Pain Clinical Module 2: Risks and Benefits of Opioid Pain Treatment: Effective Prescribing and Monitoring
Goal:

The student will be able to decide how opioid therapy, especially chronic opioid therapy, might impact an individual patient, taking into consideration pain severity, functioning, and possible risks and side effects and take steps to minimize negative impact.

: 0.75 hrs

After completing this activity participants will be able to:

  • Recognize when opioid therapy is indicated based on pain severity, functioning, and risk of addiction or abuse plus response to first line therapies

  • Assess and minimize side effects of chronic opioid therapy and provide appropriate patient education.

  • Develop an opioid medication treatment plan that includes sufficient treatment structure and a plan for safe discontinuation if needed

  • Plan to monitor patients on chronic opioid therapy to assess continued need and appropriate use


Professional Practice GapsClinical guidelines for the use of chronic opioid therapy in chronic noncancer pain, developed by professional organizations of pain specialists based on an extensive review of the literature, include recommendations designed to reduce the risk of prescriptions drug overdose and diversion (Chou et al, 2009). The need for prescribers to do more to prevent diversion can be inferred from studies showing that a majority of patients do not take their pain medication as prescribed (Couto, et al. 2009) and that the source for the majority of non-medically used prescription drugs is a friend or relative (SAMHSA, 2010). Research shows that physicians do not follow key recommendations in evidence-based guidelines for avoiding diversion and overdose (CASA, 2005; Adams, et al. 2001). The need for education/training in the guidelines to avoid diversion and overdose is also evident in results of national physician surveys of physicians (CASA, 2005) and research linking "doctor shopping" to increased risk for overdose (Hall et al, 2008). Based on the overall results of their physician survey on the problem of drug diversion, CASA concluded that physicians should receive more continuing medical education related to prescribing and administering controlled substances and identifying, diagnosing, and treating substance abuse and addiction (CASA, 2005). References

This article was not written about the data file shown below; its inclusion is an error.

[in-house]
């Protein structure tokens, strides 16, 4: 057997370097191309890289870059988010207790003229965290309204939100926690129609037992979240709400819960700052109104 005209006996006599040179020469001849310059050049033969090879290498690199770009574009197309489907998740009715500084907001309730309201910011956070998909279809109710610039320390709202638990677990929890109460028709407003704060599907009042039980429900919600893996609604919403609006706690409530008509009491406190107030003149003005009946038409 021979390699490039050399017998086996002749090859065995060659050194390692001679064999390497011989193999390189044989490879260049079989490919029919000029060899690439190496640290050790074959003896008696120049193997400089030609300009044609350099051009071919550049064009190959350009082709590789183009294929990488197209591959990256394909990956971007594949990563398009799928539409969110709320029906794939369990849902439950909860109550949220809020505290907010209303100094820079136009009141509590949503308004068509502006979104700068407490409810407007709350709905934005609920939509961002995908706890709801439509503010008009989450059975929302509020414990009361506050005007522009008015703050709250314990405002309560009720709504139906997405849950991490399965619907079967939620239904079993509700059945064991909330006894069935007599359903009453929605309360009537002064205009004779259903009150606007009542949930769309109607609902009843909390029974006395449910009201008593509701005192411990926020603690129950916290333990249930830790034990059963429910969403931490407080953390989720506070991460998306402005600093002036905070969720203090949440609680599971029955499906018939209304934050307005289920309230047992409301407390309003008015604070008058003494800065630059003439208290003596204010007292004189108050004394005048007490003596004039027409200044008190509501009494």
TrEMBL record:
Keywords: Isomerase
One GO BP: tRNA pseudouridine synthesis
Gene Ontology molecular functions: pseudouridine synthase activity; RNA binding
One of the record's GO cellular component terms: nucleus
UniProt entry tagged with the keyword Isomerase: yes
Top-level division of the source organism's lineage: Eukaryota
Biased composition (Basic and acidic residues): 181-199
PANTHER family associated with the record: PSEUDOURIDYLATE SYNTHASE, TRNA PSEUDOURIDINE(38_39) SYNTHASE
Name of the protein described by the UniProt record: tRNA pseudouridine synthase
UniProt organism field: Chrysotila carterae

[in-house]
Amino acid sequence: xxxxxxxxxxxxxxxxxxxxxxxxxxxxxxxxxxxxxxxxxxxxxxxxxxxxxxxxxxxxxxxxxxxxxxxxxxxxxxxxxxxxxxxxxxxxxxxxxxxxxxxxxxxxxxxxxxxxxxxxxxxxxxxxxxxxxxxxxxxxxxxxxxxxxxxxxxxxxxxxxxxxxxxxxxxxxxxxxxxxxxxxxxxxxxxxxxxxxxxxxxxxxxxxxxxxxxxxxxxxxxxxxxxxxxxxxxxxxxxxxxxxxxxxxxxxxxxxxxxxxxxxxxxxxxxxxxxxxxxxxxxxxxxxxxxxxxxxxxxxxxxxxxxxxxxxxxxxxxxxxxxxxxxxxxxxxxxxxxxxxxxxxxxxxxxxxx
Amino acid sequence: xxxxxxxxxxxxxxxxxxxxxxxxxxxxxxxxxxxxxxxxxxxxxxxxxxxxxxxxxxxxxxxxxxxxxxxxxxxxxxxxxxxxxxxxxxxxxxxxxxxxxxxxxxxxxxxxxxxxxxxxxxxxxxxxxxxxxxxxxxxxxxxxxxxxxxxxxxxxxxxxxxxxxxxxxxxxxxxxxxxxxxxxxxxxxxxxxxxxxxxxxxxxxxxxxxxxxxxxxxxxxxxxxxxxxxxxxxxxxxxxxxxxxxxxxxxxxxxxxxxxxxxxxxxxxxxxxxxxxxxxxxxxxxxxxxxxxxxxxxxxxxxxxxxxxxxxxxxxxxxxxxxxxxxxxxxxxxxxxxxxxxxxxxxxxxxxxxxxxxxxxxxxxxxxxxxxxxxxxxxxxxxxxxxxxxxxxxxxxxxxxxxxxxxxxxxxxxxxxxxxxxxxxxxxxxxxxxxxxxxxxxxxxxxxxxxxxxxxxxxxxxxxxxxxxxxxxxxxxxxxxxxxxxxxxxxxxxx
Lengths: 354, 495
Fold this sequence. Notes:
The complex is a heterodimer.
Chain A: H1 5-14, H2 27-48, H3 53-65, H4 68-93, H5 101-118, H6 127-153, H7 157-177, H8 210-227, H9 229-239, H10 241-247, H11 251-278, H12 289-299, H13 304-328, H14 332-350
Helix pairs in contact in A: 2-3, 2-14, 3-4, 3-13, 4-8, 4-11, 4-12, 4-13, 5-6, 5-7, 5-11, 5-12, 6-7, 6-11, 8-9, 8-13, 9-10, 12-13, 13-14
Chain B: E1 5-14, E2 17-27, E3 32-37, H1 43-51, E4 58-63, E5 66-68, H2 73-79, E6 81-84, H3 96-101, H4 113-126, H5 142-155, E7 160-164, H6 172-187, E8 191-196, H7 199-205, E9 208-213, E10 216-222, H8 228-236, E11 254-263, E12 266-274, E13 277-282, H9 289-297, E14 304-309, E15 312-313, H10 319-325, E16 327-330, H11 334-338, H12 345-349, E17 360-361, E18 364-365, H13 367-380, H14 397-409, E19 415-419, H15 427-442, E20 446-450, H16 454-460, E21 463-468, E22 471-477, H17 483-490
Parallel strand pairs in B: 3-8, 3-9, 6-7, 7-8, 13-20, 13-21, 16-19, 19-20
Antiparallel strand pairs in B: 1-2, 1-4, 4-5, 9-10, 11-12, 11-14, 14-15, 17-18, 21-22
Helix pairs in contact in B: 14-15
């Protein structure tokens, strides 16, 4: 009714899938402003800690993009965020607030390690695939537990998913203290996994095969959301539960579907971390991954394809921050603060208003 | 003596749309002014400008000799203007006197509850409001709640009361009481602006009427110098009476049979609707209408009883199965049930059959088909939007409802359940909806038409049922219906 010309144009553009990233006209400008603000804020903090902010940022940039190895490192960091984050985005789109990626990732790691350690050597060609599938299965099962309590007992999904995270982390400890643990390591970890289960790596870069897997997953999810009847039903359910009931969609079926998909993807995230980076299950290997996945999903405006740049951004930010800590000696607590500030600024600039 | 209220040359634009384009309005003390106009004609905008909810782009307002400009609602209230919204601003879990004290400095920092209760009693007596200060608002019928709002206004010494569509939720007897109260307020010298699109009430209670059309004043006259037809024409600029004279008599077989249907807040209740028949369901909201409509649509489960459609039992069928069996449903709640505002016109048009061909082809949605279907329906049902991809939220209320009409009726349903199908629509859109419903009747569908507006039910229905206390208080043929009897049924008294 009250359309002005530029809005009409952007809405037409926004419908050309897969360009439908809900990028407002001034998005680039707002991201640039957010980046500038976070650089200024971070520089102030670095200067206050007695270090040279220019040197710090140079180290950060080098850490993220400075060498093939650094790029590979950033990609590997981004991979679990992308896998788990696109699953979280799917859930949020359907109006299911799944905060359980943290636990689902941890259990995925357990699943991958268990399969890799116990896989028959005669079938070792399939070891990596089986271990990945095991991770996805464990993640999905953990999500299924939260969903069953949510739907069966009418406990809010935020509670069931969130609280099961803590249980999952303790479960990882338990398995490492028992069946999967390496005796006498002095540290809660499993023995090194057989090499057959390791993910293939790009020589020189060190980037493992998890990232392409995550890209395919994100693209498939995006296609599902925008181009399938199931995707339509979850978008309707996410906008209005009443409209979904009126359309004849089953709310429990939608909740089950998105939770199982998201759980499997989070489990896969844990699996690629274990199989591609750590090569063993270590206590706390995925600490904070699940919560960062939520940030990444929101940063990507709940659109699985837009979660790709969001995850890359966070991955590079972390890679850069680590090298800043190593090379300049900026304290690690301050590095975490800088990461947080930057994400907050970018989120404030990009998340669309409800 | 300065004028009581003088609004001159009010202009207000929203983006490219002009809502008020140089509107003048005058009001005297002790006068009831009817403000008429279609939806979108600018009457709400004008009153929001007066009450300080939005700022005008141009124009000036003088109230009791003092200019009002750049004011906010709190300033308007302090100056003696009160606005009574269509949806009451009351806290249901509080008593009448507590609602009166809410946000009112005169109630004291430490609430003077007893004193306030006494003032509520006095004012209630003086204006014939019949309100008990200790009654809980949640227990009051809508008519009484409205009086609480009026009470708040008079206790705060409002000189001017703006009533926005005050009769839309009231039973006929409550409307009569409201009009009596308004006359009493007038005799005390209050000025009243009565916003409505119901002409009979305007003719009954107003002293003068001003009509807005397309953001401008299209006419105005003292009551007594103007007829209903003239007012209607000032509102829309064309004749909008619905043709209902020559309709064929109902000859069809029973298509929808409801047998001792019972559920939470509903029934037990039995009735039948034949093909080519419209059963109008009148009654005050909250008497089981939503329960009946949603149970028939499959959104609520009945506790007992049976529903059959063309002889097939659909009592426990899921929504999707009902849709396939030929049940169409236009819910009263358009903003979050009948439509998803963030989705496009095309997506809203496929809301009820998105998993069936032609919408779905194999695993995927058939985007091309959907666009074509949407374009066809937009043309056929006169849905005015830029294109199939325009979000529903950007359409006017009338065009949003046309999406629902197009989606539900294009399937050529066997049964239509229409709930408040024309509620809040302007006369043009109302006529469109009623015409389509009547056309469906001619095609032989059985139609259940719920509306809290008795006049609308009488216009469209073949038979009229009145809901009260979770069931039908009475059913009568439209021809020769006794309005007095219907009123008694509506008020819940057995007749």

Clinical guidelines for the use of chronic opioid therapy for chronic noncancer pain. J of Pain. 2009; 10(2): 113-130.
Opioids and the treatment of chronic pain in a primary care sample. Journal of Pain Symptom Management. 2001; 22(3): 791-796.
Patterns of abuse among inuntentional pharmaceutical overdose fatalities. JAMA. 2008; 300(22): 2613-2620.
Results from the 2009 National Survey on Drug Use and Health. Office of Applied Studies, NSDUH Series H-38A, HHS Publication No. SMA 10-4586 Findings, Rockville, MD. 2010. Available at: http://oas.samhsa.gov/NSDUH/2k9NSDUH/2k9ResultsP.pdf Accessed on: 2010-09-21.
Under the Counter: The Diversion and Abuse of Controlled Prescription Drugs in the U.S.. National Center on Addiction and Substance Abuse at Columbia University. 2005. Available at: http://www.casacolumbia.org/addiction-research/reports/under-the-counter-diversion-abuse-controlled-perscription-drugs Accessed on: 2014-06-03.